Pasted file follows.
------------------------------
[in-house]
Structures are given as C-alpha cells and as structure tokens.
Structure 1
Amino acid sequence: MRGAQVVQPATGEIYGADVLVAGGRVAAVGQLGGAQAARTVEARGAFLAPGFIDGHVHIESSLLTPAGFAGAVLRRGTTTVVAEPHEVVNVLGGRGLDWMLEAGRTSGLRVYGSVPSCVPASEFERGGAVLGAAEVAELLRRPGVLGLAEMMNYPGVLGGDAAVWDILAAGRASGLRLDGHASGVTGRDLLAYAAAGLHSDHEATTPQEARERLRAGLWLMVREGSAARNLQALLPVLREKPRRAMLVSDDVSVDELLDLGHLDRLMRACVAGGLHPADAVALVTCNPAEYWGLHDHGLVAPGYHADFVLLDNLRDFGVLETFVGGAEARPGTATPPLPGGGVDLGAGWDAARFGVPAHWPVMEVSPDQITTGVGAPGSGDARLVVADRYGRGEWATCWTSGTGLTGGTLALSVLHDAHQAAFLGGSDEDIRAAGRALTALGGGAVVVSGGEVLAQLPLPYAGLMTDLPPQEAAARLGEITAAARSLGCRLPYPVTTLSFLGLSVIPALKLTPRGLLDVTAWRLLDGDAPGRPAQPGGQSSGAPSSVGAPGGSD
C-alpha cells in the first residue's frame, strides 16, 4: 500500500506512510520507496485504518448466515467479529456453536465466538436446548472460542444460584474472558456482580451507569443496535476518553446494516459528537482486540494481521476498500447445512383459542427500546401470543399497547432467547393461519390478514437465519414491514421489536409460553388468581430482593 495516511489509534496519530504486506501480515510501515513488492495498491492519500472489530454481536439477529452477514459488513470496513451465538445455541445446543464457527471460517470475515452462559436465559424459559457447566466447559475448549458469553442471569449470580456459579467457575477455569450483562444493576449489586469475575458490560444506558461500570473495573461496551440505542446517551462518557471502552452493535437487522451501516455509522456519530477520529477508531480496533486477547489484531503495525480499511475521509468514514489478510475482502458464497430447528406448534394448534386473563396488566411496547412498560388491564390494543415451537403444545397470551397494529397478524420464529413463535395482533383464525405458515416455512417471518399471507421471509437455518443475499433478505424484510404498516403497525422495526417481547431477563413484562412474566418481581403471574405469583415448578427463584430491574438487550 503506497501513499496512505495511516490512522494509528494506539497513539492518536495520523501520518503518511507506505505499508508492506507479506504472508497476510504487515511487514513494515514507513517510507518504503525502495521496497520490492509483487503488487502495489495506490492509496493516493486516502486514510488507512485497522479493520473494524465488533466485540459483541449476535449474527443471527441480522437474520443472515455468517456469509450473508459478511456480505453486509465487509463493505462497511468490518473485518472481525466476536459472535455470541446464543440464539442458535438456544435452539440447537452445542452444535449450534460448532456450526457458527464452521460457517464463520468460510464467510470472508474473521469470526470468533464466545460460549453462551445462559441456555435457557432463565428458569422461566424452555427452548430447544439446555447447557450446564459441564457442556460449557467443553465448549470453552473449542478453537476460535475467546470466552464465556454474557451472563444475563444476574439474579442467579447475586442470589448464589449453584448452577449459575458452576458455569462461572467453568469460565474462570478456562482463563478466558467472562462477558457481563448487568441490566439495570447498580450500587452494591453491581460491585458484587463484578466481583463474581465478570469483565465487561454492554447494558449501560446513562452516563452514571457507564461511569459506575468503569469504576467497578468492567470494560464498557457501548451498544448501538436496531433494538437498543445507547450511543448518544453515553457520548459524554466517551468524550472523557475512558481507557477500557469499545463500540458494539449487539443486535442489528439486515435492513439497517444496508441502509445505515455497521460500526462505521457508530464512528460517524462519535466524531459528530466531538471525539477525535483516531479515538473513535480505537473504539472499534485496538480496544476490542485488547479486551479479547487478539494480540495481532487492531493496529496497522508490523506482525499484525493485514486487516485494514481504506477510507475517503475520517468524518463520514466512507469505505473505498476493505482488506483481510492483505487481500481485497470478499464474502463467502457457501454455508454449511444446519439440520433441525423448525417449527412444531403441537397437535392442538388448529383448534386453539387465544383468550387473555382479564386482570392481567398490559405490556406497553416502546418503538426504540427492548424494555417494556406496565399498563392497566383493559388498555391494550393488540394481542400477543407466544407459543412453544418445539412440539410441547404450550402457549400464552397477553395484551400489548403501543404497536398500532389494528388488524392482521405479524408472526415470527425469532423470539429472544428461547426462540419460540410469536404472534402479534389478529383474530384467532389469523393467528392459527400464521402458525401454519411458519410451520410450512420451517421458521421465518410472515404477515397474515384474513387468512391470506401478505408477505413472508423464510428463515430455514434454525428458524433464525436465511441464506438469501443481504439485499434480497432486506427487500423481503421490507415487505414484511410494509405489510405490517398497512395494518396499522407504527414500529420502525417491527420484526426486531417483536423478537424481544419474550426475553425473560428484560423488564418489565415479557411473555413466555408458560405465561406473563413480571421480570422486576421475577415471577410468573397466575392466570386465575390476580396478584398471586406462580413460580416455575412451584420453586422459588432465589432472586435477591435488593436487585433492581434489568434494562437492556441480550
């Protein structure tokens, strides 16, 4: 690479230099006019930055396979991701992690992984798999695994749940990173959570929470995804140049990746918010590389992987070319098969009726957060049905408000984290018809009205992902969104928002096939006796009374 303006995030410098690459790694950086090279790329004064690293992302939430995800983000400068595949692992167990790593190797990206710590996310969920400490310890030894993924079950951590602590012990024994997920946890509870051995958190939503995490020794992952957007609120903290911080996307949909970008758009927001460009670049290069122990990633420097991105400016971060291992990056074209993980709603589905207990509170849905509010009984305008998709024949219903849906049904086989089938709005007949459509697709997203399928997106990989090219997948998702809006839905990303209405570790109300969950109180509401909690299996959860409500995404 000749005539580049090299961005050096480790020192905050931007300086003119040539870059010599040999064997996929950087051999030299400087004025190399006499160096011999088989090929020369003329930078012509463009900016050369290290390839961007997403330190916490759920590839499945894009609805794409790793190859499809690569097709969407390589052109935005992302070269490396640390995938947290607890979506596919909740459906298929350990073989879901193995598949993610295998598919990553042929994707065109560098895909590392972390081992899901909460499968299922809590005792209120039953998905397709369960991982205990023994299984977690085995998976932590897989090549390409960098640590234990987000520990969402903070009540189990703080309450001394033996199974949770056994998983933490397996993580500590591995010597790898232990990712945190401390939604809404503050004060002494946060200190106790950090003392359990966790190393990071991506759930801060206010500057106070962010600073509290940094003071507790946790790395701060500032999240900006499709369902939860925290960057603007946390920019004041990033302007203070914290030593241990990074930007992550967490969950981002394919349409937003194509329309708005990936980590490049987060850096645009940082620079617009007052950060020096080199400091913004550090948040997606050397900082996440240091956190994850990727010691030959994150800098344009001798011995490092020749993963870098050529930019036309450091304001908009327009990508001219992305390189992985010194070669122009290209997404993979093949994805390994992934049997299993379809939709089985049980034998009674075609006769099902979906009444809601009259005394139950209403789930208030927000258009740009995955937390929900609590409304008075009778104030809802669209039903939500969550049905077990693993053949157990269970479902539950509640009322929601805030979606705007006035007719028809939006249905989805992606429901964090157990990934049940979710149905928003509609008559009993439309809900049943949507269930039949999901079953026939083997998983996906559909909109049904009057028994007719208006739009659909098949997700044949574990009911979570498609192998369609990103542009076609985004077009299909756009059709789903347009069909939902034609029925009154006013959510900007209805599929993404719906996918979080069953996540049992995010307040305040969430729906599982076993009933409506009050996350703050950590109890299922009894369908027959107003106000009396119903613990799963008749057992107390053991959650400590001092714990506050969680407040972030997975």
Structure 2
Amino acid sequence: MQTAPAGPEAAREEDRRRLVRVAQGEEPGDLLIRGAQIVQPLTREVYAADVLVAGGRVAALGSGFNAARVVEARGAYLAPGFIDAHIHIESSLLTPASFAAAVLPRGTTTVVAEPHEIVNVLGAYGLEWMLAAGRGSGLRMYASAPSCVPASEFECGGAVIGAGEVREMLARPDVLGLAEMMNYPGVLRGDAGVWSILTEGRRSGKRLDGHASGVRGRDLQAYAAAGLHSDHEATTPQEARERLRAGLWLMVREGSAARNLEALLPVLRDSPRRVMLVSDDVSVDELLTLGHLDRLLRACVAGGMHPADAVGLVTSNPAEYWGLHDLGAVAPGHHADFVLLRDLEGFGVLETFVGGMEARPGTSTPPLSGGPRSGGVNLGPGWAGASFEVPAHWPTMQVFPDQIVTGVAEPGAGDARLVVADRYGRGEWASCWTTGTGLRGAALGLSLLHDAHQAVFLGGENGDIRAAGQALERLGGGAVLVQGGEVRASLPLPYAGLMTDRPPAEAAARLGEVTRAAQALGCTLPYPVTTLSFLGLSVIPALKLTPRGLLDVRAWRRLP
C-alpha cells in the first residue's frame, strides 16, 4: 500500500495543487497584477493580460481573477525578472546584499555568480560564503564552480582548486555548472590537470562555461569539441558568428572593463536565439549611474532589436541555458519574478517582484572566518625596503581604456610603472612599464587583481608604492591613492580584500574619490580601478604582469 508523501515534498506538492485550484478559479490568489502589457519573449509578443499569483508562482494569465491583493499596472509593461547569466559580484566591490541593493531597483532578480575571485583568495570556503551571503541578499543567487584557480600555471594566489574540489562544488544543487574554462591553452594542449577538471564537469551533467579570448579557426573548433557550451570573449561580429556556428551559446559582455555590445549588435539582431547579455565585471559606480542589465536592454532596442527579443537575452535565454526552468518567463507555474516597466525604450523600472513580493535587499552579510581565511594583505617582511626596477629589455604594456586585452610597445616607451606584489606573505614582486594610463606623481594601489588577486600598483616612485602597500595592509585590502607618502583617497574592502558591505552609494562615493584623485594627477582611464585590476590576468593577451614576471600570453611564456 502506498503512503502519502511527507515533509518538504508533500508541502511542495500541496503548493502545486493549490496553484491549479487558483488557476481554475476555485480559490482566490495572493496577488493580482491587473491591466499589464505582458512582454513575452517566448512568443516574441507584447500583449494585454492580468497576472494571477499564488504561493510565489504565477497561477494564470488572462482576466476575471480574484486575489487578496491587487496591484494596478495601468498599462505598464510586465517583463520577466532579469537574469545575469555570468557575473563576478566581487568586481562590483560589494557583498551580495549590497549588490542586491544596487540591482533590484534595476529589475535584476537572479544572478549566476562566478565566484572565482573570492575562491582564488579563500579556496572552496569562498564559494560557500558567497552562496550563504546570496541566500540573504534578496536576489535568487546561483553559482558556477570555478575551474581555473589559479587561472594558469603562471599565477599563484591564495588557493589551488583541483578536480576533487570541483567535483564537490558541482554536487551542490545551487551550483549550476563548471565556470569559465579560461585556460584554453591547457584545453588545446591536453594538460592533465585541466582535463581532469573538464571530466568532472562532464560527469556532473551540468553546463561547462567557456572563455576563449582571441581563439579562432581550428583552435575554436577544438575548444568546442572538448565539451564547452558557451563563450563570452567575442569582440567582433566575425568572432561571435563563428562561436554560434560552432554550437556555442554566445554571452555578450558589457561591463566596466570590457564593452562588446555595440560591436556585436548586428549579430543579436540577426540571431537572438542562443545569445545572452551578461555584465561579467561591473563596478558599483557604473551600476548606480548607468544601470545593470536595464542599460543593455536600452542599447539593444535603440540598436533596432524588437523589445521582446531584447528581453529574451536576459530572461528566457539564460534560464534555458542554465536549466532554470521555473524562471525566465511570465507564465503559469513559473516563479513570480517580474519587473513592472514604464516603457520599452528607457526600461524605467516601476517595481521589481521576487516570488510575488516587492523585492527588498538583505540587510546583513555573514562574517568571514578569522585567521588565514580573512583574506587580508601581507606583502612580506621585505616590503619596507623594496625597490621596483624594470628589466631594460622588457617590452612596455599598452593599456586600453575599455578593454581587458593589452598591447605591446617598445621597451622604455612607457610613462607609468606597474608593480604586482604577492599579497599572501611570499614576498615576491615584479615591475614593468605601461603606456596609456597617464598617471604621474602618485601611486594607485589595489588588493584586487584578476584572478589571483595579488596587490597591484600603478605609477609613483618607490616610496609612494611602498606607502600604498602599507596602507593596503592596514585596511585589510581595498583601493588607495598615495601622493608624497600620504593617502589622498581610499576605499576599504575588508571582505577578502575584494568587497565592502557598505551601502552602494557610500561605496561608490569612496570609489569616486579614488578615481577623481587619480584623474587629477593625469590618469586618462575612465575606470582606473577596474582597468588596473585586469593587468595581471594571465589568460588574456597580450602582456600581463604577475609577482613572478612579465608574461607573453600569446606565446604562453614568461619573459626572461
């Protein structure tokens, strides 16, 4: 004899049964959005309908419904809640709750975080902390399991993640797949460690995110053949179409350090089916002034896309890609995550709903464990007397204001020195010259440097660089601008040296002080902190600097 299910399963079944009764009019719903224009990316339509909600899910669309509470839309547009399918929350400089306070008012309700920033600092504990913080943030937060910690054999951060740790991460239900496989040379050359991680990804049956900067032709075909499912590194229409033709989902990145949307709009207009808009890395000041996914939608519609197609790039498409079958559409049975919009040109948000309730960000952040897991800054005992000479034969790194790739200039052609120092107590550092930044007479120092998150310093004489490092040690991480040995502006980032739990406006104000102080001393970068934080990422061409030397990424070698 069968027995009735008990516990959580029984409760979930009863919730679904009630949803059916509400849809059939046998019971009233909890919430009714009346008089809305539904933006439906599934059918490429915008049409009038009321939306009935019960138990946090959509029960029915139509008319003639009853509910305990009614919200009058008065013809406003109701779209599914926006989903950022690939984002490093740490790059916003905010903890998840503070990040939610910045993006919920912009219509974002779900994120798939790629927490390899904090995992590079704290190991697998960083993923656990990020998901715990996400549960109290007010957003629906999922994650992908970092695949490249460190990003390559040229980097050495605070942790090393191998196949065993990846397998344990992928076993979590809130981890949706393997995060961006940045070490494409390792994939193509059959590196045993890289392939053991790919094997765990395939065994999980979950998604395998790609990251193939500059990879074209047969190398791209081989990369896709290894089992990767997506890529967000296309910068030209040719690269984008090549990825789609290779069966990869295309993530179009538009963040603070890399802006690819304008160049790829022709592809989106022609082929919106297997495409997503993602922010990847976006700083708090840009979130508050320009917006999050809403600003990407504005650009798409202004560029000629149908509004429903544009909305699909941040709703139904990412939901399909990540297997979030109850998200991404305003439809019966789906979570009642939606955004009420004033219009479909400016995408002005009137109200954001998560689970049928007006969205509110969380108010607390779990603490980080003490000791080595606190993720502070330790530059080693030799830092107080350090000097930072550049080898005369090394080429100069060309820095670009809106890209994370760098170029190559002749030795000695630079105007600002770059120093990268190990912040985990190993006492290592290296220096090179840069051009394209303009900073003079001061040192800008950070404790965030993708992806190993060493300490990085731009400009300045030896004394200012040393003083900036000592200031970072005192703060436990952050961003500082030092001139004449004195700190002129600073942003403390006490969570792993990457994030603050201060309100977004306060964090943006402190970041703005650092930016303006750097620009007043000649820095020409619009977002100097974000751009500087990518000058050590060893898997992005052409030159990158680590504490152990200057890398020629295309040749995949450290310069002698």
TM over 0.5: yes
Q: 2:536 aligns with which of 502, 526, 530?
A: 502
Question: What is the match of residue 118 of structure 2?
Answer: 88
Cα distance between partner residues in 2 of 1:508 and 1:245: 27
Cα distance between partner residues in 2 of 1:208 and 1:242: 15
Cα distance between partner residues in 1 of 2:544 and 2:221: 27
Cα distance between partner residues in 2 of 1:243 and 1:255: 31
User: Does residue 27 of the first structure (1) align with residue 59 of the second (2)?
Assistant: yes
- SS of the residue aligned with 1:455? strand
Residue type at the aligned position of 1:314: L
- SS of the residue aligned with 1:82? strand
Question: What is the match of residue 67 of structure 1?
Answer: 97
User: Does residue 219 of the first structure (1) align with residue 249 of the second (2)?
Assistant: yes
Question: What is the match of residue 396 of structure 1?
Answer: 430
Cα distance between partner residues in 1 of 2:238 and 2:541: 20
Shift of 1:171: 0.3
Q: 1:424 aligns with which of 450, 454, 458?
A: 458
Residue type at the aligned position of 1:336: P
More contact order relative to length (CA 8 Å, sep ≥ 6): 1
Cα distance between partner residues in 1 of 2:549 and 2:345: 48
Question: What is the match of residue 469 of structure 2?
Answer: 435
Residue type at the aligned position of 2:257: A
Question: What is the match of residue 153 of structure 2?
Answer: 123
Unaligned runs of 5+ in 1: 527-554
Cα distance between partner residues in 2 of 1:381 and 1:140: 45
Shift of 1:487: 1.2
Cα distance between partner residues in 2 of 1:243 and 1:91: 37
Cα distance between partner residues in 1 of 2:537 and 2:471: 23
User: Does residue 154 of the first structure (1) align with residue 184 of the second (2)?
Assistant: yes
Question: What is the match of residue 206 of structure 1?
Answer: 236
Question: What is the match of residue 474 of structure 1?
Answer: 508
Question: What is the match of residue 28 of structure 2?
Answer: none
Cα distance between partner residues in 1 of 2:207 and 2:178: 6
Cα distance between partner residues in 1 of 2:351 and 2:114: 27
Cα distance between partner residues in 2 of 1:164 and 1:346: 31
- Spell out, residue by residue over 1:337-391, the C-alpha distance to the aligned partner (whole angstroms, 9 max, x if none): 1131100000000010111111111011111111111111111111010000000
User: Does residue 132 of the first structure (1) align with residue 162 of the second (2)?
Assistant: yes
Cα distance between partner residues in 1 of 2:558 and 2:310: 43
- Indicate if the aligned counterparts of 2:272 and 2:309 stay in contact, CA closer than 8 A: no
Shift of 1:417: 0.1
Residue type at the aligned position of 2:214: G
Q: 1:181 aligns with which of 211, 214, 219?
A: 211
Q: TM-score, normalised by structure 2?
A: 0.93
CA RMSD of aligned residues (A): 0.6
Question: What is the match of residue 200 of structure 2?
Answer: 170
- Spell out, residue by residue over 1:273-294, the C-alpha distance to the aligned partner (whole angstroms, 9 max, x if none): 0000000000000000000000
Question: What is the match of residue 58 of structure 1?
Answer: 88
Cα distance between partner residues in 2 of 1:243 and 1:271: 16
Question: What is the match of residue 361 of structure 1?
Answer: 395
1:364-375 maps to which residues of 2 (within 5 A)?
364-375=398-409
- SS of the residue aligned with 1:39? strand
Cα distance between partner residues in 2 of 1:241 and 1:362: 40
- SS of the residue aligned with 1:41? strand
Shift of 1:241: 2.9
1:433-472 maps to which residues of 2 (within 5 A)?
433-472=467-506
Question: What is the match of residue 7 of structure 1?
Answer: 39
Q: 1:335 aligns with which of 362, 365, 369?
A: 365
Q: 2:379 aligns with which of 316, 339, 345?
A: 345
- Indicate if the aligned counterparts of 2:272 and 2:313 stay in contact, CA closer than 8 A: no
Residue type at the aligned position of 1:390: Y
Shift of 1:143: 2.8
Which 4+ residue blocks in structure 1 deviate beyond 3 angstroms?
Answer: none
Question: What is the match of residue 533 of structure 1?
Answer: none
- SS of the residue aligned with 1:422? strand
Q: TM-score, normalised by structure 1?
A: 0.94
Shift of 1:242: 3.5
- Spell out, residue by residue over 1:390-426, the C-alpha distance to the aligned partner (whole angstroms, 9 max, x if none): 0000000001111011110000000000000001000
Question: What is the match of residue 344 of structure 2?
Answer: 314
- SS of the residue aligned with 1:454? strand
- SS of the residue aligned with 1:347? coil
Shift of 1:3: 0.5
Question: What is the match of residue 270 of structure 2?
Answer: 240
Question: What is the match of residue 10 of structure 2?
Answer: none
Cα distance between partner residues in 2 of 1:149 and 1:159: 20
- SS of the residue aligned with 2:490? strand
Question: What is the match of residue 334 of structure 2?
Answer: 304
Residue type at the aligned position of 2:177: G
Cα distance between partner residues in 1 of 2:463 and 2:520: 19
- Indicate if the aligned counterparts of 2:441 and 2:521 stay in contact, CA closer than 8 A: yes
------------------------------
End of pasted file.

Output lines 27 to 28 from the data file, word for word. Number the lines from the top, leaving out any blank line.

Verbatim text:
User: Does residue 219 of the first structure (1) align with residue 249 of the second (2)?
Assistant: yes